The Irish Gold Cup always serves as a valuable precursor to the Cheltenham showpiece of the same name, and the Leopardstown race is a great opportunity for punters to assess the field before the Cheltenham Gold Cup rolls around a month later. This year was no different, with a strong field lining up to try and do themselves justice over the roughly three-mile distance.
In the end, it was the Willie Mullins-trained Kemboy who emerged victorious, producing a fine display to lead from the front and seal victory by two lengths. It was an 11th Irish Gold Cup triumph for Mullins, and the win has given him plenty to ponder ahead of the Cheltenham Gold Cup next month, with Kemboy’s stablemate Al Boum Photo still the favourite in the Cheltenham Gold Cup odds to make it three winning years on the spin.
But Kemboy’s victory at Leopardstown has seen the gelding’s odds for the Gold Cup slashed down to around the 10/1 mark. Those are the kinds of numbers that will interest punters, especially if they liked what they saw in his Irish Gold Cup showing. Of course, the fact that Mullins’ attention will be directed mostly at Al Boum Photo ahead of the Cheltenham Gold Cup could mean that Kemboy is cast to the wayside slightly.
Indeed, Mullins has been doubtful as to whether Kemboy will take part in the Cheltenham Gold Cup at all, with the horse also entered for the Paddy Power Stayers’ Hurdle. There is also a possibility he could have Kemboy skip the Festival altogether due to his poor showings at the Prestbury Park meeting in the past.
“He is entered in the Stayers’ Hurdle and the Gold Cup,” the trainer said. “His record over fences at Cheltenham is a little bit average, so the Stayers’ is not out of the question, and skipping Cheltenham and going straight to Aintree is another option. We know he likes it there.”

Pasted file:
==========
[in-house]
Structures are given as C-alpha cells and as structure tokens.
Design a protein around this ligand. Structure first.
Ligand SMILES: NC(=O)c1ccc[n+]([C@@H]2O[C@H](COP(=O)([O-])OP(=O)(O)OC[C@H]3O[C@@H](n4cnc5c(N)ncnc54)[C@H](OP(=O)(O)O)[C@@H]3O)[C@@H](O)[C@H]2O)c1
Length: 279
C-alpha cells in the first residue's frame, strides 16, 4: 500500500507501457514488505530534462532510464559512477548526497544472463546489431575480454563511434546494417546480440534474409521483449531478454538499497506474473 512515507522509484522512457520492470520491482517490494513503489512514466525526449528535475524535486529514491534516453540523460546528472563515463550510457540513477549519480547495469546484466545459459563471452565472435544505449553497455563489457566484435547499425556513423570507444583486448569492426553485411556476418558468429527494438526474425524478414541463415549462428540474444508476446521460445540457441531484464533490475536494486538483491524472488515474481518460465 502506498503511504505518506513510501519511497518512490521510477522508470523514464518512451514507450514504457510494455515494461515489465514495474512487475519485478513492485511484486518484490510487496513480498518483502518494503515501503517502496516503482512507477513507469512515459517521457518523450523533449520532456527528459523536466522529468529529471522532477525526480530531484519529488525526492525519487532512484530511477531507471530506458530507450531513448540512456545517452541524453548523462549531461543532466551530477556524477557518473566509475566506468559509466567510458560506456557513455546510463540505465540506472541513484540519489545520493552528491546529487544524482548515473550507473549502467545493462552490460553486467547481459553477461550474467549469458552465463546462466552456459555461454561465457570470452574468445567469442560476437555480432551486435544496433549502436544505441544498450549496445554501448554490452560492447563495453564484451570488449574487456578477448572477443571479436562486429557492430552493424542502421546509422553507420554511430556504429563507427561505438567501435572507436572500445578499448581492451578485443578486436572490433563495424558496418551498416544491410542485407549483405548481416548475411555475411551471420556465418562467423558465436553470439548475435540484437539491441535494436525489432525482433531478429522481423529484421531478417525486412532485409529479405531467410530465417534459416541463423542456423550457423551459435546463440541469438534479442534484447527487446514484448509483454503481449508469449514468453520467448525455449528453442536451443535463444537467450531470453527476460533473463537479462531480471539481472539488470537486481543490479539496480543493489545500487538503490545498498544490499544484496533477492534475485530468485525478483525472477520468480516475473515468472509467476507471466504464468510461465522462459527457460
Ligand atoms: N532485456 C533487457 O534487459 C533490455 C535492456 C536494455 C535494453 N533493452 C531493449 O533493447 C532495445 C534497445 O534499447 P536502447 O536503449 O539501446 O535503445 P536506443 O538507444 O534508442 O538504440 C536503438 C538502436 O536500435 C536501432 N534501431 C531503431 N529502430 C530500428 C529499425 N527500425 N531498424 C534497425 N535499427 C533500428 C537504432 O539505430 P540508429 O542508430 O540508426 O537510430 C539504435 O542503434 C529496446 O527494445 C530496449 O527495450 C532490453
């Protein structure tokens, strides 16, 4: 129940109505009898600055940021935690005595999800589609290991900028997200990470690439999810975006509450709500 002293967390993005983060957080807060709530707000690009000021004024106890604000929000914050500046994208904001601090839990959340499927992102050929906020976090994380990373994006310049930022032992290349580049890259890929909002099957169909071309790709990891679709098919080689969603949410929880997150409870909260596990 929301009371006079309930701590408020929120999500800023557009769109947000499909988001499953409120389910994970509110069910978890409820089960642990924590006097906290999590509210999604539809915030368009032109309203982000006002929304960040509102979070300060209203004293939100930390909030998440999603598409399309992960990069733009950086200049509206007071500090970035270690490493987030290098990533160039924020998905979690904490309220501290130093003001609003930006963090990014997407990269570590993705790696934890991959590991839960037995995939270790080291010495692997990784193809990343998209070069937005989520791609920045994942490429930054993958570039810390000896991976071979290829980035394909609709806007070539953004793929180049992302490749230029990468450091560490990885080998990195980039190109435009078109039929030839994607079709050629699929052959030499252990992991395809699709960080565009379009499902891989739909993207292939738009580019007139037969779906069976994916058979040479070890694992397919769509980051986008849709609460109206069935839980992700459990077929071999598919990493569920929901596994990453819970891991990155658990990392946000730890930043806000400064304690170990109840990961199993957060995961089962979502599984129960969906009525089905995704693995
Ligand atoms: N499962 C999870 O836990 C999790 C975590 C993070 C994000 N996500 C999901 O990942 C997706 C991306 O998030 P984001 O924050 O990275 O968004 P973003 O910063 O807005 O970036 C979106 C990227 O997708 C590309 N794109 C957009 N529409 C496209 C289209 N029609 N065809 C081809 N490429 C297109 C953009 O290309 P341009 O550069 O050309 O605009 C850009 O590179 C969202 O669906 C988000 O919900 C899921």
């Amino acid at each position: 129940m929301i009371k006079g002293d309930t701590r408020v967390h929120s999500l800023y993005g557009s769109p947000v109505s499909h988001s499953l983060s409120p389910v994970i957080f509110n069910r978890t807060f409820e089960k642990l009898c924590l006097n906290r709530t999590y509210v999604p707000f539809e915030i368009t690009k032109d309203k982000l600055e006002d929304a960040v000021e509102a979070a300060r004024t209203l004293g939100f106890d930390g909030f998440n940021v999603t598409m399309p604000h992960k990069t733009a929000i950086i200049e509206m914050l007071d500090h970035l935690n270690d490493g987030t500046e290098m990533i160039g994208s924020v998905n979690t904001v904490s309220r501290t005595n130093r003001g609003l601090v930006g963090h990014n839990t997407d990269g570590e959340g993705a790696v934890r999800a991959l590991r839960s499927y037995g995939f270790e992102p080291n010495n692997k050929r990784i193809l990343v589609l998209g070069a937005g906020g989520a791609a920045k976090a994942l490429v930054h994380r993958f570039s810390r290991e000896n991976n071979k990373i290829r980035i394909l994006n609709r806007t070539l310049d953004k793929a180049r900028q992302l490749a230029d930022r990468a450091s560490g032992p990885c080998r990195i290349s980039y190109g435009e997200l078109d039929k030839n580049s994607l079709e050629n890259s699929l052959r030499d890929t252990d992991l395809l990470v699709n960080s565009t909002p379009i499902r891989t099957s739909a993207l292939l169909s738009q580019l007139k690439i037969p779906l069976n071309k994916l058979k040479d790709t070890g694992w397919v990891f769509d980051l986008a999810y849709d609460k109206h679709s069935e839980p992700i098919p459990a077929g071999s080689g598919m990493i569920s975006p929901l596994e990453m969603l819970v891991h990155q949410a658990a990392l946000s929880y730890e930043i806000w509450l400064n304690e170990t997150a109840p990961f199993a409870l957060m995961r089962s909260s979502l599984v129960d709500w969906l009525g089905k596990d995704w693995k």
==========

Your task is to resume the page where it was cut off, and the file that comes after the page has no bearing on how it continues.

It could all be smoke and mirrors to try and take the pressure of both himself and jockey Danny Mullins, but it’s certainly true that Kemboy’s Cheltenham Festival record leaves much to be desired. The gelding has failed to win a race in four previous outings at the Festival, falling foul of the form of stablemate Al Boum Photo in the last two years. Before that he couldn’t even manage a placing in the 2017 Novices’ Hurdle and 2018 Novices’ Chase.
With that in mind, Mullins’ tentativeness is perhaps understandable, but there was such a swagger and confidence to the nine-year-old’s performance at Leopardstown that would have made many sit up and take notice in the Cheltenham racing tips. It was a strong field, after all, and Kemboy got the better of the likes of Minella Indo and Delta Work to take the win.
That is worth something as Mullins ponders Kemboy’s potential participation in the Cheltenham Gold Cup. He may well feel the horse’s good form would yield more success in the Stayers’ Hurdle, or that Kemboy should be preserved for Aintree in April, but you can’t help but feel like the plucky gelding has earned and deserves a third shot at the big one next month.